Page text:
TOKYO (AP) — Asian stocks were mostly lower on Wednesday after another volatile day on Wall Street as traders braced for fresh data on inflation and corporate earnings.
Indicators fell in Tokyo
and Hong Kong
but rose in Sydney.
South Korean Kospi
lost 0.1% to 2,189.86 after the Bank of Korea raised its key rate by 0.5 percentage point amid a U.S. Fed rate hike and rising inflation risks due to a weak won and recovery in global oil prices.
In currency trading, the Japanese yen fell to a 24-year low against the US dollar
at 146 yen, raising expectations of another intervention by Tokyo to support the yen. A dollar by noon
was 146.17 yen, compared with 145.80 on Tuesday evening. Euro
was 96.96 cents, down from 97.07 yen.
A weaker yen raises costs for both consumers and businesses that rely on imports for food, fuel and other necessities, but the greater purchasing power of foreign currencies is expected to boost tourism. Japan fully reopened to individual tourist travel this week after being closed for more than two years due to the pandemic.
Japan’s benchmark Nikkei 225 index lost 0.2% to 26,348.73 in morning trading. Australian S&P/ASX 200 index
up nearly 0.2% to 6,656.00. Hong Kong’s Hang Seng fell 2% to 16,491.39, while the Shanghai Composite fell 1.2% to 2,943.24.
The S&P 500 on Tuesday
fell 0.7%, marking its fifth straight loss, to close at 3,588.84. Nasdaq
fell 1.1% to 10,426.19. Dow Jones industrial index
added 0.1% to 29,239.19, while the Russell 2000 index
rose 1 point, or about 0.1%, to 1,692.92.
Recession fears are weighing heavily on markets as stubbornly hot inflation burns businesses and consumers. Economic growth is slowing as consumers hold back spending and the Federal Reserve and other central banks raise interest rates.
International Monetary Fund on Tuesday lowered the global economic growth forecast in 2023 to 2.7%, compared with 2.9% estimated in July. The cuts come at a time when Europe faces a particularly high risk of recession with energy costs soaring amid Russia’s invasion of Ukraine.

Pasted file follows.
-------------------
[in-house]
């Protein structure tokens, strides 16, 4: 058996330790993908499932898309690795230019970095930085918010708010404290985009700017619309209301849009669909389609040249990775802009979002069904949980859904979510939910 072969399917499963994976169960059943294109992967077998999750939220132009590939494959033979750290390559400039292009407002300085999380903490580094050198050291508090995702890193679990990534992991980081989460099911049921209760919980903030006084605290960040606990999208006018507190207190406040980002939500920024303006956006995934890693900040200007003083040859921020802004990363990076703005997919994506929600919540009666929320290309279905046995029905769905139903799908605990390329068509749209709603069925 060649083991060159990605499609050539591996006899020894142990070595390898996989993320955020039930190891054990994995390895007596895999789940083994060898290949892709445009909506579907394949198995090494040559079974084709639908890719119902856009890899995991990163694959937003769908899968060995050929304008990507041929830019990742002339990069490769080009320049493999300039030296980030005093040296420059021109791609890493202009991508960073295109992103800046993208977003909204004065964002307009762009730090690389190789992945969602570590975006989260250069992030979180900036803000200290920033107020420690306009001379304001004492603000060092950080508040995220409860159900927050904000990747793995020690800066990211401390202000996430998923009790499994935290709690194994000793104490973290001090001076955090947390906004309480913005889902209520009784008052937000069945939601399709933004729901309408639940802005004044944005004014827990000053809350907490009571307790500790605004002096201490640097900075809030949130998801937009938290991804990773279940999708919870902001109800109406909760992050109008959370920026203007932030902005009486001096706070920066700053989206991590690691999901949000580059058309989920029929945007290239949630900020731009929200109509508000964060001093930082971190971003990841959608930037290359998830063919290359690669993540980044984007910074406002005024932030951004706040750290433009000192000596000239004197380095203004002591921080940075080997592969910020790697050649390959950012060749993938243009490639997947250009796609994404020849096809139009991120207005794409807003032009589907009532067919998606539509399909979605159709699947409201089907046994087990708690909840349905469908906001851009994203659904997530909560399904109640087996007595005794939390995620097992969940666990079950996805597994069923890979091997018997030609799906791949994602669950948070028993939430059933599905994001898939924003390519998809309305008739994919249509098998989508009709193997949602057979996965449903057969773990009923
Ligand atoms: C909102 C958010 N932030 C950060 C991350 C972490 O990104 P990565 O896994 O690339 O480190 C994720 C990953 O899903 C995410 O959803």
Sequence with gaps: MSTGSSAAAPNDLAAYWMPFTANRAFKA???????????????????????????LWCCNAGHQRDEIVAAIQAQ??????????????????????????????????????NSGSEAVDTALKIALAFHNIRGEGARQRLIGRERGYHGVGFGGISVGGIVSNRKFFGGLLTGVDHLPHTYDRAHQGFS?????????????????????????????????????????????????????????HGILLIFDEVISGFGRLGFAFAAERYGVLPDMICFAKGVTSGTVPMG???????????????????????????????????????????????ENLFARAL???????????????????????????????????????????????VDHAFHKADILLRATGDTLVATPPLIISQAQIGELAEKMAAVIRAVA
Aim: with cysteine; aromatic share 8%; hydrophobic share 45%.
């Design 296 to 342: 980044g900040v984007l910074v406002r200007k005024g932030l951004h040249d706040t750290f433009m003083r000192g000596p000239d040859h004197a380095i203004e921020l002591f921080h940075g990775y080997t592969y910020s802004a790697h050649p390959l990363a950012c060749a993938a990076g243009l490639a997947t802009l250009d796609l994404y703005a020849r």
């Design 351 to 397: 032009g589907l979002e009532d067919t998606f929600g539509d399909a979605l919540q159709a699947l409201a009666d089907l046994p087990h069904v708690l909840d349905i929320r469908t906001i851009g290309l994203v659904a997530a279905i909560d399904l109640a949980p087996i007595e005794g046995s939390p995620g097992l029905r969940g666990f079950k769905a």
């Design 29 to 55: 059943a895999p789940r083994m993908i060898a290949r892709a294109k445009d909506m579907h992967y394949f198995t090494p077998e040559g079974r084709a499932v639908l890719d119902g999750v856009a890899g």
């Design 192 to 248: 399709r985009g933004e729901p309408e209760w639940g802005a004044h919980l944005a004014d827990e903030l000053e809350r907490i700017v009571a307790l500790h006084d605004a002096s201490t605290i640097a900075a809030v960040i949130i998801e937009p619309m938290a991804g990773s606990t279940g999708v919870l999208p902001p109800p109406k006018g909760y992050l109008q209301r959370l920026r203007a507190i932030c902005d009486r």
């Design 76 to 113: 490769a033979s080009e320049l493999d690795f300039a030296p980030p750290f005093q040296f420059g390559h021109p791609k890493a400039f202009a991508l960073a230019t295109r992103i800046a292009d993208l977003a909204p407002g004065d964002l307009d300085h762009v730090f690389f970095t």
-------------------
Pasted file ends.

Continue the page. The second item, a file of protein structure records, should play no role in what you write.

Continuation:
Wall Street is closely watching the Federal Reserve, which continues to aggressively raise the benchmark interest rate to make borrowing more expensive and slow economic growth. The goal is to cool inflation, but the strategy carries the risk of slowing the economy too much and pushing it into recession.
“The market is desperate for a reason for the Fed to stop tightening, and recent data hasn’t given them that revelation on inflation,” said Willie Delwich, investment strategist at All Star Charts.
decreased by 4%.
down 10.4% and Lyft
Fed will publish the minutes of the last meeting on Wednesday, which may give Wall Street more clarity on its views on inflation and next steps.
Investors still expect the Fed to raise the overnight rate by three-quarters of a percentage point next month, the fourth such hike. This triples the usual amount and will bring the rate to the 3.75% to 4% range. The year started almost from scratch.
The government will also release its wholesale prices report on Wednesday, providing an update on how inflation is hitting businesses. The consumer price report will be released on Thursday and the retail sales report on Friday.
“Everybody is still hoping that every inflation report will show that the pressures are easing,” Delwich said.
Wall Street is also preparing for the start of the latest season of corporate earnings reports, which could provide a clearer picture of the impact of inflation.
Among the companies reporting quarterly results this week: PepsiCo
Delta Air Lines
and Domino’s Pizza
Banks, including Citigroup
and JPMorgan Chase
will also report the results.
In energy trade, the benchmark is US crude oil
in electronic trading of the New York Mercantile Exchange fell by 82 cents to 88.53 dollars per barrel. Oil prices in the US fell 2% on Tuesday. Brent oil
in international pricing standards decreased by 62 cents to 93.67 dollars per barrel.
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